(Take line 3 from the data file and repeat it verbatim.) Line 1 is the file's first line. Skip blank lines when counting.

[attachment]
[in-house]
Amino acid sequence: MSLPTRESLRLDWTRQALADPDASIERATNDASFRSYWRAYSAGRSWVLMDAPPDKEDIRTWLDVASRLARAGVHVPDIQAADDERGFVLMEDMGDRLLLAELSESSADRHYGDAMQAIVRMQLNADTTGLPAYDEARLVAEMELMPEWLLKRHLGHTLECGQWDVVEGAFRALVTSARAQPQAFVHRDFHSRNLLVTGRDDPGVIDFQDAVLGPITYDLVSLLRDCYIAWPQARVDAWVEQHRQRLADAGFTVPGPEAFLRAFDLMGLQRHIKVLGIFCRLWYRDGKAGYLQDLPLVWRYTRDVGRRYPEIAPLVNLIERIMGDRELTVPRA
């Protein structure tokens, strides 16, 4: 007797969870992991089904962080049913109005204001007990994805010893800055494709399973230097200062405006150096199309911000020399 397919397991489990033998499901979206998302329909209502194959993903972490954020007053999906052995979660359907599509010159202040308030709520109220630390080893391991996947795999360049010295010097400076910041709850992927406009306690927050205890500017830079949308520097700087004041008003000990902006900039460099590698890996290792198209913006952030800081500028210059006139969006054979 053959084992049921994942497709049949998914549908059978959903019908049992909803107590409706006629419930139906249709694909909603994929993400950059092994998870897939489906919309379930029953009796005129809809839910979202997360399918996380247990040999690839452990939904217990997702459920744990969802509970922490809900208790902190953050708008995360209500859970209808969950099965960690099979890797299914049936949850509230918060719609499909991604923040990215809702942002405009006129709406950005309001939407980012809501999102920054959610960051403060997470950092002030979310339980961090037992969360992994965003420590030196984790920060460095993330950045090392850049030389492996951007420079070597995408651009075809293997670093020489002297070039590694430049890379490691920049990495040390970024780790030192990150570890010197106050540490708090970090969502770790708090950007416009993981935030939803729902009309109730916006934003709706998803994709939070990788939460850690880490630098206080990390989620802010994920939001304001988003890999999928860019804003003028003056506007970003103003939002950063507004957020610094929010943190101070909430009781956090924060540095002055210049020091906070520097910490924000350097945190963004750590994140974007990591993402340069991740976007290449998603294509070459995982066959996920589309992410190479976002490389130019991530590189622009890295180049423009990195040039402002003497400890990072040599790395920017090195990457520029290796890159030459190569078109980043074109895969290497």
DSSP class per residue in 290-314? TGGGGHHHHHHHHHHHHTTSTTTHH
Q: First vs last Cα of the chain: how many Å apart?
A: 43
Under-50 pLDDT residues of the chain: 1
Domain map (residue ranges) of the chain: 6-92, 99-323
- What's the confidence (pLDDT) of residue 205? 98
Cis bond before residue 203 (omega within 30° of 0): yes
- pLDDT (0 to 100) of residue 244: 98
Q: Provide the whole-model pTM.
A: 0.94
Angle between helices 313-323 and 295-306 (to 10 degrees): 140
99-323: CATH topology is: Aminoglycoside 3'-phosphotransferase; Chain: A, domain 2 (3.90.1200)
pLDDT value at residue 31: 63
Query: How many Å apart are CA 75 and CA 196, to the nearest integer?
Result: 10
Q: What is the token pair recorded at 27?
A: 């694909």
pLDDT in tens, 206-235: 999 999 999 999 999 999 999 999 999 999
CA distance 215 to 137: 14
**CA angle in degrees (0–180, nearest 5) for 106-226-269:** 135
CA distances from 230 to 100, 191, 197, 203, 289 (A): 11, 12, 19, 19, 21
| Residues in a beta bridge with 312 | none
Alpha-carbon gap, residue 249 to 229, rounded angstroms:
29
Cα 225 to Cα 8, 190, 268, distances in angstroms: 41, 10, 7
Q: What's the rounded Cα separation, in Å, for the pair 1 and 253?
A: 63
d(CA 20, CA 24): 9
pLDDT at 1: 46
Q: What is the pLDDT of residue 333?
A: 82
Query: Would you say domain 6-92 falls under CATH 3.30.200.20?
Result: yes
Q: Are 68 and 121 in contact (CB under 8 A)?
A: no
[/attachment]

């Protein structure tokens, strides 16, 4: 007797969870992991089904962080049913109005204001007990994805010893800055494709399973230097200062405006150096199309911000020399 397919397991489990033998499901979206998302329909209502194959993903972490954020007053999906052995979660359907599509010159202040308030709520109220630390080893391991996947795999360049010295010097400076910041709850992927406009306690927050205890500017830079949308520097700087004041008003000990902006900039460099590698890996290792198209913006952030800081500028210059006139969006054979 053959084992049921994942497709049949998914549908059978959903019908049992909803107590409706006629419930139906249709694909909603994929993400950059092994998870897939489906919309379930029953009796005129809809839910979202997360399918996380247990040999690839452990939904217990997702459920744990969802509970922490809900208790902190953050708008995360209500859970209808969950099965960690099979890797299914049936949850509230918060719609499909991604923040990215809702942002405009006129709406950005309001939407980012809501999102920054959610960051403060997470950092002030979310339980961090037992969360992994965003420590030196984790920060460095993330950045090392850049030389492996951007420079070597995408651009075809293997670093020489002297070039590694430049890379490691920049990495040390970024780790030192990150570890010197106050540490708090970090969502770790708090950007416009993981935030939803729902009309109730916006934003709706998803994709939070990788939460850690880490630098206080990390989620802010994920939001304001988003890999999928860019804003003028003056506007970003103003939002950063507004957020610094929010943190101070909430009781956090924060540095002055210049020091906070520097910490924000350097945190963004750590994140974007990591993402340069991740976007290449998603294509070459995982066959996920589309992410190479976002490389130019991530590189622009890295180049423009990195040039402002003497400890990072040599790395920017090195990457520029290796890159030459190569078109980043074109895969290497």